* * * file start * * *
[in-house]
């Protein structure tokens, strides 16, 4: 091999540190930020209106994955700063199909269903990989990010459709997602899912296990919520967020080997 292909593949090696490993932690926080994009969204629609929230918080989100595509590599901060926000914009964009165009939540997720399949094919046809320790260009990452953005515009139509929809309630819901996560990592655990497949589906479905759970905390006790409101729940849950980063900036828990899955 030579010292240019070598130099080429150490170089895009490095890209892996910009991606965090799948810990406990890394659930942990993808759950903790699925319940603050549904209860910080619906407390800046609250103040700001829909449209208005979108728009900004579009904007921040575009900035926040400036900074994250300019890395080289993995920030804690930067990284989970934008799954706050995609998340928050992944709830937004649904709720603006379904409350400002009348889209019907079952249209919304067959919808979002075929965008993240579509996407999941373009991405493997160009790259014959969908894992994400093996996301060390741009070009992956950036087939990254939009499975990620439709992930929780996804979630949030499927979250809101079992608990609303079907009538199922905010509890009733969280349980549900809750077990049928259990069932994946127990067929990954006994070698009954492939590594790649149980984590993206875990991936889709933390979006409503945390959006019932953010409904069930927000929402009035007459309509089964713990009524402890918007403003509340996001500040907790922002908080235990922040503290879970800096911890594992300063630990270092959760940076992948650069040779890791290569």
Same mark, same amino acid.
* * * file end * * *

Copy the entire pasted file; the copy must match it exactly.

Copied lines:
[in-house]
């Protein structure tokens, strides 16, 4: 091999540190930020209106994955700063199909269903990989990010459709997602899912296990919520967020080997 292909593949090696490993932690926080994009969204629609929230918080989100595509590599901060926000914009964009165009939540997720399949094919046809320790260009990452953005515009139509929809309630819901996560990592655990497949589906479905759970905390006790409101729940849950980063900036828990899955 030579010292240019070598130099080429150490170089895009490095890209892996910009991606965090799948810990406990890394659930942990993808759950903790699925319940603050549904209860910080619906407390800046609250103040700001829909449209208005979108728009900004579009904007921040575009900035926040400036900074994250300019890395080289993995920030804690930067990284989970934008799954706050995609998340928050992944709830937004649904709720603006379904409350400002009348889209019907079952249209919304067959919808979002075929965008993240579509996407999941373009991405493997160009790259014959969908894992994400093996996301060390741009070009992956950036087939990254939009499975990620439709992930929780996804979630949030499927979250809101079992608990609303079907009538199922905010509890009733969280349980549900809750077990049928259990069932994946127990067929990954006994070698009954492939590594790649149980984590993206875990991936889709933390979006409503945390959006019932953010409904069930927000929402009035007459309509089964713990009524402890918007403003509340996001500040907790922002908080235990922040503290879970800096911890594992300063630990270092959760940076992948650069040779890791290569």
Same mark, same amino acid.